Pickwick, ever positive, thinks this won't be so awful, whilst Sam Weller also makes his own observations, and he tells Pickwick of a man who was effectively institutionalised to the point that he was frightened to be free. A little later Pickwick's mood takes a downward turn as he takes in more of his new abode:
There is no disguising the fact that Mr. Pickwick felt very low-spirited and uncomfortable—not for lack of society, for the prison was very full, and a bottle of wine would at once have purchased the utmost good-fellowship of a few choice spirits, without any more formal ceremony of introduction; but he was alone in the coarse, vulgar crowd, and felt the depression of spirits and sinking of heart, naturally consequent on the reflection that he was cooped and caged up, without a prospect of liberation. As to the idea of releasing himself by ministering to the sharpness of Dodson & Fogg, it never for an instant entered his thoughts.
In this frame of mind he turned again into the coffee-room gallery, and walked slowly to and fro. The place was intolerably dirty, and the smell of tobacco smoke perfectly suffocating. There was a perpetual slamming and banging of doors as the people went in and out; and the noise of their voices and footsteps echoed and re-echoed through the passages constantly. A young woman, with a child in her arms, who seemed scarcely able to crawl, from emaciation and misery, was walking up and down the passage in conversation with her husband, who had no other place to see her in. As they passed Mr. Pickwick, he could hear the female sob bitterly; and once she burst into such a passion of grief, that she was compelled to lean against the wall for support, while the man took the child in his arms, and tried to soothe her.
Mr. Pickwick’s heart was really too full to bear it, and he went upstairs to bed.
Low spirits drive him into an argument, but then he proceeds to get to know a few of his fellow inmates.

Chapter XLII. Illustrative, Like the Preceding One, of the Old Proverb, that Adversity Brings a Man Acquainted with Strange Bedfellows— Likewise Containing Mr. Pickwick’s Extraordinary and Startling Announcement to Mr. Samuel Weller 

'Discovery of Jingle in the Fleet' by Phiz.
Mr. Pickwick learns that he can have a room to himself if he pays and, wanting to distance himself from his rather rough cellmates he makes the necessary arrangements. In this chapter we also see the return of Alfred Jingle and Job Trotter, both looking very much defeated by life. Pickwick, deeply moved, gives them some money. When he returns to his room, so depressed and disturbed by his new surroundings (there are more descriptions of the bleakness in this chapter) he decides to dismiss Sam Weller from his service:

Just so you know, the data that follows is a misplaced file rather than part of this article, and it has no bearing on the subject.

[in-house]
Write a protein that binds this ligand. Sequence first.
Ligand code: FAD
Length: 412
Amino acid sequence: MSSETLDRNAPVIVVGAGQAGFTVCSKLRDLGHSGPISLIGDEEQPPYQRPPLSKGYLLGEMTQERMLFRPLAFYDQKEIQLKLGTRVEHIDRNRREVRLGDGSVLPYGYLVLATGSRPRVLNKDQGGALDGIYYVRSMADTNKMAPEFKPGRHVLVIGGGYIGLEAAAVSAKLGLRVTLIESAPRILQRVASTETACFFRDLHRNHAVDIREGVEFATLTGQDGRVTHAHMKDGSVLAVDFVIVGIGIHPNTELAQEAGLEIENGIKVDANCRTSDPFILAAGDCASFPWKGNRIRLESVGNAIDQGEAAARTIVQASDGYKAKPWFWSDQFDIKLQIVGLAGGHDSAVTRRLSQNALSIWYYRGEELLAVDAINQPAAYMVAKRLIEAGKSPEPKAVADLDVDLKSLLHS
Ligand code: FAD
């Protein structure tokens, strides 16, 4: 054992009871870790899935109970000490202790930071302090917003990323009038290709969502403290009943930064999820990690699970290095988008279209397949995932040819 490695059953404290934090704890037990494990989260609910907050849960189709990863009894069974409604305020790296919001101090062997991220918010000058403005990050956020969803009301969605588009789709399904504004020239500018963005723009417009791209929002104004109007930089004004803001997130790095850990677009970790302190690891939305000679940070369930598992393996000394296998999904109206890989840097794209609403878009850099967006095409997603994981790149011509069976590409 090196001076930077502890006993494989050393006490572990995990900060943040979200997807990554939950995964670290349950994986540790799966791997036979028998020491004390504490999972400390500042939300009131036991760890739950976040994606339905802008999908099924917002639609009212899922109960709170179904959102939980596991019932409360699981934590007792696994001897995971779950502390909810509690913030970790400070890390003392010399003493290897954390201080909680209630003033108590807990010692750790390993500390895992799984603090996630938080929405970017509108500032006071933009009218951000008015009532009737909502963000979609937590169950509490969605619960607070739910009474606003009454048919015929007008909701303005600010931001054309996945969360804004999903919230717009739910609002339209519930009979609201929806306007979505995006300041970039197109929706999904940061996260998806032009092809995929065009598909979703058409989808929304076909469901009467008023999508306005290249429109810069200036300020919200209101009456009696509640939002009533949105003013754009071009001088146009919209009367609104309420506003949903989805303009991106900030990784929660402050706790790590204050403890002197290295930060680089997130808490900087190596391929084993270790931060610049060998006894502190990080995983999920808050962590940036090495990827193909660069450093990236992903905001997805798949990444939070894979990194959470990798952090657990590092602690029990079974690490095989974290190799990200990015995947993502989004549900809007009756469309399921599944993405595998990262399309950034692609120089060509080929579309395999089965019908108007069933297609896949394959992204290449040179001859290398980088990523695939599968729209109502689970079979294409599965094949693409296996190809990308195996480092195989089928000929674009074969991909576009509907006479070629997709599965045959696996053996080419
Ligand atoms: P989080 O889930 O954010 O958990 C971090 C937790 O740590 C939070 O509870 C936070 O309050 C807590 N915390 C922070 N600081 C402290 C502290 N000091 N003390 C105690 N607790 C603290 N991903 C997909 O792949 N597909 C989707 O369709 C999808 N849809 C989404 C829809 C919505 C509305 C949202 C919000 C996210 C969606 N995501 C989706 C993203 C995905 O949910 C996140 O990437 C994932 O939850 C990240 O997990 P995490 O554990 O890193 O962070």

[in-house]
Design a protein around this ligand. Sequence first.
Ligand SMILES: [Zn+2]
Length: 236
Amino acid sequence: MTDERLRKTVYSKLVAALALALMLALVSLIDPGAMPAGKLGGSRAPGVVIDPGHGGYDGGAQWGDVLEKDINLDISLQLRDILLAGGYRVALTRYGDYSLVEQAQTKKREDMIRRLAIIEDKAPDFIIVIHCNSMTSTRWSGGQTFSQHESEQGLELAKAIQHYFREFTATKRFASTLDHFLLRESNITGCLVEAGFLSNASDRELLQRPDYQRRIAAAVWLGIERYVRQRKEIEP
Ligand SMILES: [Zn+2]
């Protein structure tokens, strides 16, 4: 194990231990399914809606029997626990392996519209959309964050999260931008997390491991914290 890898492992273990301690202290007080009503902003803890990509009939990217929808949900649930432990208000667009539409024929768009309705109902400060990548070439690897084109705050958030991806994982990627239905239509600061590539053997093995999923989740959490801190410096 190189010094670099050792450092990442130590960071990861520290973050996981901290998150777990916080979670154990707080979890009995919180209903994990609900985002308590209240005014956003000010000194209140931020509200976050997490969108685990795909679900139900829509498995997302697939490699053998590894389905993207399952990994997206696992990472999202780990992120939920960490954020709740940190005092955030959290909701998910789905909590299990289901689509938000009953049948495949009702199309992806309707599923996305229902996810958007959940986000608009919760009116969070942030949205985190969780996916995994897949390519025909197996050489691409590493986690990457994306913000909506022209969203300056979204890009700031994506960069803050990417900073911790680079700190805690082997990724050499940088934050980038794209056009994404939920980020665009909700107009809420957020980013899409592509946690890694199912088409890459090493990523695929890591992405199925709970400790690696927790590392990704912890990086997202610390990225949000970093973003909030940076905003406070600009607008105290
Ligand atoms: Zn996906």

‘I have felt from the first, Sam,’ said Mr. Pickwick, with much solemnity, ‘that this is not the place to bring a young man to.’
‘Nor an old ‘un neither, Sir,’ observed Mr. Weller.
‘You’re quite right, Sam,’ said Mr. Pickwick; ‘but old men may come here through their own heedlessness and unsuspicion, and young men may be brought here by the selfishness of those they serve. It is better for those young men, in every point of view, that they should not remain here. Do you understand me, Sam?’
‘Vy no, Sir, I do not,’ replied Mr. Weller doggedly.
‘Try, Sam,’ said Mr. Pickwick.
‘Vell, sir,’ rejoined Sam, after a short pause, ‘I think I see your drift; and if I do see your drift, it’s my ‘pinion that you’re a-comin’ it a great deal too strong, as the mail-coachman said to the snowstorm, ven it overtook him.’
‘I see you comprehend me, Sam,’ said Mr. Pickwick. ‘Independently of my wish that you should not be idling about a place like this, for years to come, I feel that for a debtor in the Fleet to be attended by his manservant is a monstrous absurdity. Sam,’ said Mr. Pickwick, ‘for a time you must leave me.’
‘Oh, for a time, eh, sir?’ rejoined Mr. Weller rather sarcastically.
‘Yes, for the time that I remain here,’ said Mr. Pickwick. ‘Your wages I shall continue to pay. Any one of my three friends will be happy to take you, were it only out of respect to me. And if I ever do leave this place, Sam,’ added Mr. Pickwick, with assumed cheerfulness—‘if I do, I pledge you my word that you shall return to me instantly.’
‘Now I’ll tell you wot it is, Sir,’ said Mr. Weller, in a grave and solemn voice. ‘This here sort o’ thing won’t do at all, so don’t let’s hear no more about it.’